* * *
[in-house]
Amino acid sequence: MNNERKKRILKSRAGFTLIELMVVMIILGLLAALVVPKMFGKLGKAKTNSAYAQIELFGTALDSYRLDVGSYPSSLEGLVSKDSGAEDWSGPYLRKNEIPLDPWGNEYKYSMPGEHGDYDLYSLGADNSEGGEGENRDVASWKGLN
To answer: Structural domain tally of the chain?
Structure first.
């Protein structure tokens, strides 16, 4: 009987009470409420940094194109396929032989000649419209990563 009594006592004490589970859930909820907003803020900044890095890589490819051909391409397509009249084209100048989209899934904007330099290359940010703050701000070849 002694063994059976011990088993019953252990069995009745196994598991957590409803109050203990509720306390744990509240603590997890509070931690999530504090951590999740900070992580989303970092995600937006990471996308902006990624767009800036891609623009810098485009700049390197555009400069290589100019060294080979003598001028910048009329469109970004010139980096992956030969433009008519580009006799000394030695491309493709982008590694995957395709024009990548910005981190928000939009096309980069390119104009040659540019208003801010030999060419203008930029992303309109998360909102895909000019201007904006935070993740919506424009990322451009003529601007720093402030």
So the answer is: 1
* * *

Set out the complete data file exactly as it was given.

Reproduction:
[in-house]
Amino acid sequence: MNNERKKRILKSRAGFTLIELMVVMIILGLLAALVVPKMFGKLGKAKTNSAYAQIELFGTALDSYRLDVGSYPSSLEGLVSKDSGAEDWSGPYLRKNEIPLDPWGNEYKYSMPGEHGDYDLYSLGADNSEGGEGENRDVASWKGLN
To answer: Structural domain tally of the chain?
Structure first.
């Protein structure tokens, strides 16, 4: 009987009470409420940094194109396929032989000649419209990563 009594006592004490589970859930909820907003803020900044890095890589490819051909391409397509009249084209100048989209899934904007330099290359940010703050701000070849 002694063994059976011990088993019953252990069995009745196994598991957590409803109050203990509720306390744990509240603590997890509070931690999530504090951590999740900070992580989303970092995600937006990471996308902006990624767009800036891609623009810098485009700049390197555009400069290589100019060294080979003598001028910048009329469109970004010139980096992956030969433009008519580009006799000394030695491309493709982008590694995957395709024009990548910005981190928000939009096309980069390119104009040659540019208003801010030999060419203008930029992303309109998360909102895909000019201007904006935070993740919506424009990322451009003529601007720093402030």
So the answer is: 1